New U Of I Degree Program Works To Fill Demand For Cybersecurity Professionals

Jan 10, 2021

Prof. Jim Alves-Foss teaches students in the University of Idaho's new cybersecurity degree program.
Credit Courtesy of University of Idaho

Russia’s recent hack of United States government agencies and private companies has brought the spotlight back to America’s cybersecurity vulnerabilities.

It also brought a spotlight to the reality that the U.S. doesn’t have nearly enough qualified people who work in the cybersecurity field.

The University of Idaho is working to fill the demand with a new bachelor’s degree program.

Three years ago, the research publication Cybersecurity Ventures reported the U.S. needed a million more people working in the broad field of computer security. And it projected that shortage would grow to 3 1/2 million by 2020.

“New technology keeps coming out all of the time. New tools, new software. There is a constant need for somebody to analyze and update these systems. Our adversaries are starting to use more advanced techniques and AI. So we’ve got to constantly get more people out there. It isn’t something like we’ll work really hard for a year and fix the problem and have no jobs anymore. This is going to be a lifetime career, unfortunately," said Jim Alves-Foss, the director of the University of Idaho's Center for Secure and Dependable Systems and a professor of computer science.

Alves-Foss says the U of I has taught security challenges as part of its computer science program for nearly 30 years. He says it had hoped to create a specialized degree program in cybersecurity more than 10 years ago, but along came the Great Recession.

Now the new program is established, but he says U of I graduates have long been making their mark in the industry.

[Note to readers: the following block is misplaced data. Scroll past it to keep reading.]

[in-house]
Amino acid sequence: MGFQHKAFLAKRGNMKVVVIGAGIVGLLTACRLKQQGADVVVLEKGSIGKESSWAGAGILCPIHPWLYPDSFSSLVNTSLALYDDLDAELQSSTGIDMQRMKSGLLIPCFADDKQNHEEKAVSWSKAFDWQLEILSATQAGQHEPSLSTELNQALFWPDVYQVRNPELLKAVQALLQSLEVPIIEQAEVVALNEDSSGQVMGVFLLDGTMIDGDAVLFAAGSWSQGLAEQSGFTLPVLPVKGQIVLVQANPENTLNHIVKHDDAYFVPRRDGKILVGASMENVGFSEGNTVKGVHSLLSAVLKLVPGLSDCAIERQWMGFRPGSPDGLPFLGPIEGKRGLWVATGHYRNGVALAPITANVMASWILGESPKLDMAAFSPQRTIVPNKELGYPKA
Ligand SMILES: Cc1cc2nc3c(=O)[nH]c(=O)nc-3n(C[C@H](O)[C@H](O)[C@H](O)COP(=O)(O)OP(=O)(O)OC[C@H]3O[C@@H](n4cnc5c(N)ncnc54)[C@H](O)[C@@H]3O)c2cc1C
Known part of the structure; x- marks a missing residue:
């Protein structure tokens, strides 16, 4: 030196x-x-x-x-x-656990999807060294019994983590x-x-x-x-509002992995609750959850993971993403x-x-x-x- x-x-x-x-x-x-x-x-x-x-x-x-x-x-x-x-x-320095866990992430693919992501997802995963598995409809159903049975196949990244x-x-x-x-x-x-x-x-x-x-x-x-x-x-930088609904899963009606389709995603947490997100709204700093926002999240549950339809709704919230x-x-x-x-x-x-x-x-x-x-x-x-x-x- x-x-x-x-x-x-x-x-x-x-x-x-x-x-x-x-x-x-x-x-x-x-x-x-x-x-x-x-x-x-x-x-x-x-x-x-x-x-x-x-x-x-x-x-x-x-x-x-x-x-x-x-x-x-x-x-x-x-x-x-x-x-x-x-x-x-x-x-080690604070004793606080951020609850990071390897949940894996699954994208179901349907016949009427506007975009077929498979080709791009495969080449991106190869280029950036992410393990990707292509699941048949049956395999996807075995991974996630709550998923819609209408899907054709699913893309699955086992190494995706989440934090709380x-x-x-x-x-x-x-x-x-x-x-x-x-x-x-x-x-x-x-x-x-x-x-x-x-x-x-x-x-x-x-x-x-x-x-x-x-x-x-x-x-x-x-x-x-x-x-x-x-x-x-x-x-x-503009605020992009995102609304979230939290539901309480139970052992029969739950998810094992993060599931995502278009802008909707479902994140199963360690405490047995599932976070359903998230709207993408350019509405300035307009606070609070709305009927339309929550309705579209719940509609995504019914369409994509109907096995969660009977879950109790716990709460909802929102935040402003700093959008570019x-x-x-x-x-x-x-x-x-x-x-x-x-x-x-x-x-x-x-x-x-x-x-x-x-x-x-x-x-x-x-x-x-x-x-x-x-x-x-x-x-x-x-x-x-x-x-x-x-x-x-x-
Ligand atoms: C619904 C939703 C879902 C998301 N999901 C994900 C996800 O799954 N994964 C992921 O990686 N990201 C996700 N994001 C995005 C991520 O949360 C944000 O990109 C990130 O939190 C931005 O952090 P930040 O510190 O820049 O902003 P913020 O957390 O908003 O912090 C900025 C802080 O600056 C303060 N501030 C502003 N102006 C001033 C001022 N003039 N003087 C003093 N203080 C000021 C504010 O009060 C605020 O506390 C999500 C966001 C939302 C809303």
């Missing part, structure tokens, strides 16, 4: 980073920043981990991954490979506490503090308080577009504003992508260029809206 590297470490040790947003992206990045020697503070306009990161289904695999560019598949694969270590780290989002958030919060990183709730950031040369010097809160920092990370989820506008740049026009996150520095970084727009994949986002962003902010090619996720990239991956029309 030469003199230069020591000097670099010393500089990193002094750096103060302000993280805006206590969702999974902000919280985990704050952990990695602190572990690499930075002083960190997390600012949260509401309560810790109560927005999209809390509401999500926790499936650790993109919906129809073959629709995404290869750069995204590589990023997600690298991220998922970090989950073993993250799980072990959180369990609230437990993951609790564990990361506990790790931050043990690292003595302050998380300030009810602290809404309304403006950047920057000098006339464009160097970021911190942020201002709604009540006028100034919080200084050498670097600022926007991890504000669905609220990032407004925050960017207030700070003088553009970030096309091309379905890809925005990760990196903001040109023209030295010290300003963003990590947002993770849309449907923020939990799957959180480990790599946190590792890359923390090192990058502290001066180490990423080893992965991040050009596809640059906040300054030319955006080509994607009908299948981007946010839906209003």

“We even had one who, where did she go? Office of Inspector General, federal Office of the Inspector General. She does audits of every type of system the U.S. government has, the security offices. She’s working on spy satellites. She’s worked on IRS systems. She’s worked on voting machines. Just a wide variety of things," he said.

Isabel Hinkle is a recipient of a Cybercorps Scholarship for Service, which means she's obliged to work in cybersecurity for a federal agency for a few years after graduation.
Credit Courtesy of University of Idaho

One of Alves-Foss’ current students is Isabel Hinkle from Coeur d’Alene. Hinkle is a recipient of a Cybercorps Scholarship for Service, sponsored by the National Science Foundation. For that, she has taken four cybersecurity courses and completed a few other requirements. She’ll earn an academic certificate, in addition to her computer science degree. In return, she’ll has an obligation after graduation.

“You are required to pay back your time working for a federal agency of your choice, wherever you are able to get your full-time position after you graduate," she said.

Hinkle expects to have at least a few job offers after earning her diploma.

“I am most interested in the Department of Navy at sea over in Keyport, Washington. I also am interested in pursuing a career with the three-letter agencies, the NSA, the FBI, the very cool cybersecurity agencies that you see in the movies," she said.

Not all of the students in the program are focused on deep, dark, secretive stuff.

Osama al-Qahtani is a Ph.D student in the program, studying at the U of I campus in Coeur d’Alene.

“I’m trying to focus on building safety applications for autonomous vehicles, related to safety, security, reliability, redundancy, anything related to hazards or traffic information," he said.

After earning his doctorate, he hopes to teach and eventually do consulting work.

Jim Alves-Foss says the U of I’s new cybersecurity degree program has about 15 students, with perhaps three times that many expected to join next year.